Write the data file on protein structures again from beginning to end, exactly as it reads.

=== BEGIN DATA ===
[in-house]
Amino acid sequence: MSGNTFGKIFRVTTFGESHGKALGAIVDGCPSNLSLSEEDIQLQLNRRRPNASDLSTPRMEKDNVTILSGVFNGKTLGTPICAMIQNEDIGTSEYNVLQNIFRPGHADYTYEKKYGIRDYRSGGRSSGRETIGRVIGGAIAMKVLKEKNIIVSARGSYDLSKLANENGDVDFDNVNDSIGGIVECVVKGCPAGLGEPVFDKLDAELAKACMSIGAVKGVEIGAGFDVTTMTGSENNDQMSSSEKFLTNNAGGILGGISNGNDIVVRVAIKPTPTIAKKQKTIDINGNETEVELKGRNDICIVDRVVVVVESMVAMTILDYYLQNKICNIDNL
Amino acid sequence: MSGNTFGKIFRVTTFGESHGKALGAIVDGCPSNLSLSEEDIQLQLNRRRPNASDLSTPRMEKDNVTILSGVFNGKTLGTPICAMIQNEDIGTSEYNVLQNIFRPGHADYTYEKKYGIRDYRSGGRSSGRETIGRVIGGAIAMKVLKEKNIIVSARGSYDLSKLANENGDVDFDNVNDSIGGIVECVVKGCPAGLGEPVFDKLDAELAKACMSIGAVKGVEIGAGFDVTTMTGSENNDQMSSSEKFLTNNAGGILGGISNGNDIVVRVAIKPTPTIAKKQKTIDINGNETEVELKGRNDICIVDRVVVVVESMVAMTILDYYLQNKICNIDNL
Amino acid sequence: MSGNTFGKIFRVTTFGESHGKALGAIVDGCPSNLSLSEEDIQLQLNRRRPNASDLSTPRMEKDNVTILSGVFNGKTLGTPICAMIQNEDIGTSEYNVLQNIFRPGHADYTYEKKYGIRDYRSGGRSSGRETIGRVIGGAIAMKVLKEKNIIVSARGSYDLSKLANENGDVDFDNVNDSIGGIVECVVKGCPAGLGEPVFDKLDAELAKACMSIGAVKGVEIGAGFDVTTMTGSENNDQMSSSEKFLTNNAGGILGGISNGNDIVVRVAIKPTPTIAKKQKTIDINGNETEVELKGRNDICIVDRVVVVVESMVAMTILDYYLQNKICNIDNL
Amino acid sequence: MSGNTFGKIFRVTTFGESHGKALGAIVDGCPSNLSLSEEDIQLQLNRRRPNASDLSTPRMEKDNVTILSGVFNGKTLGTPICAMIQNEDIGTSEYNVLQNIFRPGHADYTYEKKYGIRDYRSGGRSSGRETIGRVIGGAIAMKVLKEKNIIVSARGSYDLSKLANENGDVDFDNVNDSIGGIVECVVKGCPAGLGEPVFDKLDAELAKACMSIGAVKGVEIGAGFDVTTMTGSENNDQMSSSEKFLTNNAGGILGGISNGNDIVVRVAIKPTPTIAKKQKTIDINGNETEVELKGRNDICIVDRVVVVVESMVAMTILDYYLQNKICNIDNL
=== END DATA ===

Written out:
[in-house]
Amino acid sequence: MSGNTFGKIFRVTTFGESHGKALGAIVDGCPSNLSLSEEDIQLQLNRRRPNASDLSTPRMEKDNVTILSGVFNGKTLGTPICAMIQNEDIGTSEYNVLQNIFRPGHADYTYEKKYGIRDYRSGGRSSGRETIGRVIGGAIAMKVLKEKNIIVSARGSYDLSKLANENGDVDFDNVNDSIGGIVECVVKGCPAGLGEPVFDKLDAELAKACMSIGAVKGVEIGAGFDVTTMTGSENNDQMSSSEKFLTNNAGGILGGISNGNDIVVRVAIKPTPTIAKKQKTIDINGNETEVELKGRNDICIVDRVVVVVESMVAMTILDYYLQNKICNIDNL
Amino acid sequence: MSGNTFGKIFRVTTFGESHGKALGAIVDGCPSNLSLSEEDIQLQLNRRRPNASDLSTPRMEKDNVTILSGVFNGKTLGTPICAMIQNEDIGTSEYNVLQNIFRPGHADYTYEKKYGIRDYRSGGRSSGRETIGRVIGGAIAMKVLKEKNIIVSARGSYDLSKLANENGDVDFDNVNDSIGGIVECVVKGCPAGLGEPVFDKLDAELAKACMSIGAVKGVEIGAGFDVTTMTGSENNDQMSSSEKFLTNNAGGILGGISNGNDIVVRVAIKPTPTIAKKQKTIDINGNETEVELKGRNDICIVDRVVVVVESMVAMTILDYYLQNKICNIDNL
Amino acid sequence: MSGNTFGKIFRVTTFGESHGKALGAIVDGCPSNLSLSEEDIQLQLNRRRPNASDLSTPRMEKDNVTILSGVFNGKTLGTPICAMIQNEDIGTSEYNVLQNIFRPGHADYTYEKKYGIRDYRSGGRSSGRETIGRVIGGAIAMKVLKEKNIIVSARGSYDLSKLANENGDVDFDNVNDSIGGIVECVVKGCPAGLGEPVFDKLDAELAKACMSIGAVKGVEIGAGFDVTTMTGSENNDQMSSSEKFLTNNAGGILGGISNGNDIVVRVAIKPTPTIAKKQKTIDINGNETEVELKGRNDICIVDRVVVVVESMVAMTILDYYLQNKICNIDNL
Amino acid sequence: MSGNTFGKIFRVTTFGESHGKALGAIVDGCPSNLSLSEEDIQLQLNRRRPNASDLSTPRMEKDNVTILSGVFNGKTLGTPICAMIQNEDIGTSEYNVLQNIFRPGHADYTYEKKYGIRDYRSGGRSSGRETIGRVIGGAIAMKVLKEKNIIVSARGSYDLSKLANENGDVDFDNVNDSIGGIVECVVKGCPAGLGEPVFDKLDAELAKACMSIGAVKGVEIGAGFDVTTMTGSENNDQMSSSEKFLTNNAGGILGGISNGNDIVVRVAIKPTPTIAKKQKTIDINGNETEVELKGRNDICIVDRVVVVVESMVAMTILDYYLQNKICNIDNL